Hence the opening sentence can be either 3 or 4. 4231 is not a coherent paragraph, as, after 2, 3 introduces a general topic about learning which 2 should have followed later. Hence for the thought flow to be correct, Statement 2 should be after Statement 3.

When we arrange the sentences as 3142, the thought flow is coherent. There is a link between 1 and 4, where 'our' in 4 refers to the scientists in 1. Hence 3142 is the correct sequence.

*Answer can only contain numeric values
Test: CAT Verbal & Reading Comprehension- 2 - Question 21

The four sentences (labelled 1, 2, 3, 4) below, when properly sequenced, would yield a coherent paragraph. Decide on the proper sequencing of the order of the sentences and key in the sequence of the four numbers as your answer:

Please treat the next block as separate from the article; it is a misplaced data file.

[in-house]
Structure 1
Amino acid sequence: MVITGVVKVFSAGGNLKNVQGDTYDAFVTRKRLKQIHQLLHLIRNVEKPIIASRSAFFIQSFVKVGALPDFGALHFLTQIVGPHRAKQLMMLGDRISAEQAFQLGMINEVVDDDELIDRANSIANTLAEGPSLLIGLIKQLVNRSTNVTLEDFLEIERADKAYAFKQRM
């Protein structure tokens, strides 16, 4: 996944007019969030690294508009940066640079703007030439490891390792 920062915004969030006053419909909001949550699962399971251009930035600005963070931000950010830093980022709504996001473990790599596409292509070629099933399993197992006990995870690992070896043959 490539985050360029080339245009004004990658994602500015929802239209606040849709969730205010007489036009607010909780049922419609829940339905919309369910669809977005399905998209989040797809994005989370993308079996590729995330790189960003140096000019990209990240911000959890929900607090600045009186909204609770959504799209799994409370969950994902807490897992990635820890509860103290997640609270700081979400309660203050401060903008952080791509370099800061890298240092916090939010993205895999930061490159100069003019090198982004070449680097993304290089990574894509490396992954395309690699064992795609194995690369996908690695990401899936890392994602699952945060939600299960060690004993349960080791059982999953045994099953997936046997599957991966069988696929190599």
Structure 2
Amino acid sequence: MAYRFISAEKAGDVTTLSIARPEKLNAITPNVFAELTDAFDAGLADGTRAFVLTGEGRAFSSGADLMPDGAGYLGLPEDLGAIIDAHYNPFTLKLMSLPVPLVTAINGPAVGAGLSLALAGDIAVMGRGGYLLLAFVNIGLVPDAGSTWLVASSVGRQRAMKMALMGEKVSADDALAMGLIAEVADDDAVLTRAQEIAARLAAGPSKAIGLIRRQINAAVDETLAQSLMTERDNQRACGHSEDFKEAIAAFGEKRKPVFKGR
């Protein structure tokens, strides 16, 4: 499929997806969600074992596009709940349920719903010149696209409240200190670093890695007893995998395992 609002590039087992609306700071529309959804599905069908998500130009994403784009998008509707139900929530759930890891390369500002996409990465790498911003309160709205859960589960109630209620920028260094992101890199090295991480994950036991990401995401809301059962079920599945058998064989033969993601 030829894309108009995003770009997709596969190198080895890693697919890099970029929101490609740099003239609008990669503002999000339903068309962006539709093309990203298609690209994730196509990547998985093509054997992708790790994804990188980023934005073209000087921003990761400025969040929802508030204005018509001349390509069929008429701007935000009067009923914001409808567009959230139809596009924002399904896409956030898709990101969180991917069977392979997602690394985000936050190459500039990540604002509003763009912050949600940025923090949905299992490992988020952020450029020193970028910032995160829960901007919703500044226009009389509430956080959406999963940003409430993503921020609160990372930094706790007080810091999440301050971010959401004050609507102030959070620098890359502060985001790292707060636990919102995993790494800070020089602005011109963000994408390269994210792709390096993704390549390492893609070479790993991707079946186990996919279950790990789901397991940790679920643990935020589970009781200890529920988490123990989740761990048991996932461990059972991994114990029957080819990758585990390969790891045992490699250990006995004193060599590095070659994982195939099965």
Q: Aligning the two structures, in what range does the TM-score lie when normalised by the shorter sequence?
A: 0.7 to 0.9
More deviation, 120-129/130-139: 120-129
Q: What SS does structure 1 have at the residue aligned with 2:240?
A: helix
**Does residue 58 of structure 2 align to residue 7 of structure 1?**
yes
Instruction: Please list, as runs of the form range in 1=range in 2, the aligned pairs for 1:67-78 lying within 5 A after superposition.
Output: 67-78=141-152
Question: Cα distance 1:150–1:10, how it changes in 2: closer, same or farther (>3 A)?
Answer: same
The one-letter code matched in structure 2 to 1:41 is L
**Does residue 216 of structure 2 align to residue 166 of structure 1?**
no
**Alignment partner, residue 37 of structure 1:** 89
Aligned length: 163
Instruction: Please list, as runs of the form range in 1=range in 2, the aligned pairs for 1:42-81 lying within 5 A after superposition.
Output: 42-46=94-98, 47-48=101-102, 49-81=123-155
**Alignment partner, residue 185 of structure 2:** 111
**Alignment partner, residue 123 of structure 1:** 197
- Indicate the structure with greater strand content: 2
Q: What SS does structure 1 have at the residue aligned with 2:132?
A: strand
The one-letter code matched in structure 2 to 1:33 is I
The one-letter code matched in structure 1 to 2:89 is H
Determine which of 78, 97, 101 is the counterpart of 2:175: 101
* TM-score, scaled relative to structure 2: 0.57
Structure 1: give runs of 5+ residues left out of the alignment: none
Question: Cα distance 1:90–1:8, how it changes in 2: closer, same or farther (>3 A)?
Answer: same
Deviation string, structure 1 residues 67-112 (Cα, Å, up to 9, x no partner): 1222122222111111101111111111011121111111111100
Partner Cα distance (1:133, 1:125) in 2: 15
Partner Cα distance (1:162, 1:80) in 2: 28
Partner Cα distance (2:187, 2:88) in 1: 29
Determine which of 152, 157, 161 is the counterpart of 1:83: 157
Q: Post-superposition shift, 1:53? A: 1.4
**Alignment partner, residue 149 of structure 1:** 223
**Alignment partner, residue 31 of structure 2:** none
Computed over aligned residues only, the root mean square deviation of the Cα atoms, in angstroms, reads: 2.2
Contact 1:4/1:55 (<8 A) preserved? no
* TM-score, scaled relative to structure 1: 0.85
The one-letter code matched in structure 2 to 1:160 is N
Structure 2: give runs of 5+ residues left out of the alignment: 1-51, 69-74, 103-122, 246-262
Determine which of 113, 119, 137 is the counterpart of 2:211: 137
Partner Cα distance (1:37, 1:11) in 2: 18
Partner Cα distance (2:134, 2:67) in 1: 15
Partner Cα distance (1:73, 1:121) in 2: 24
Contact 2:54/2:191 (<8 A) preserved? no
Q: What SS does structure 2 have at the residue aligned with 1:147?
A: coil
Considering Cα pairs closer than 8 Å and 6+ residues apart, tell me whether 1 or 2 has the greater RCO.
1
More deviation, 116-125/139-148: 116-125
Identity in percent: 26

1. This miscommunication leads to suboptimal care, decreased understanding of diseases and treatments, difficulties in shared decision-making and lower satisfaction with care.
  2. Language discordance—the situation when providers and patients speak different languages—is all too common throughout the United States.
  3. Limited English proficiency impacts the patient-physician-system interaction by undermining communication, trust and health literacy.
  4. Patient-provider language discordance is associated with worse chronic disease management, longer hospital stays and increased hospital readmission rates.

Detailed Solution for Test: CAT Verbal & Reading Comprehension- 2 - Question 21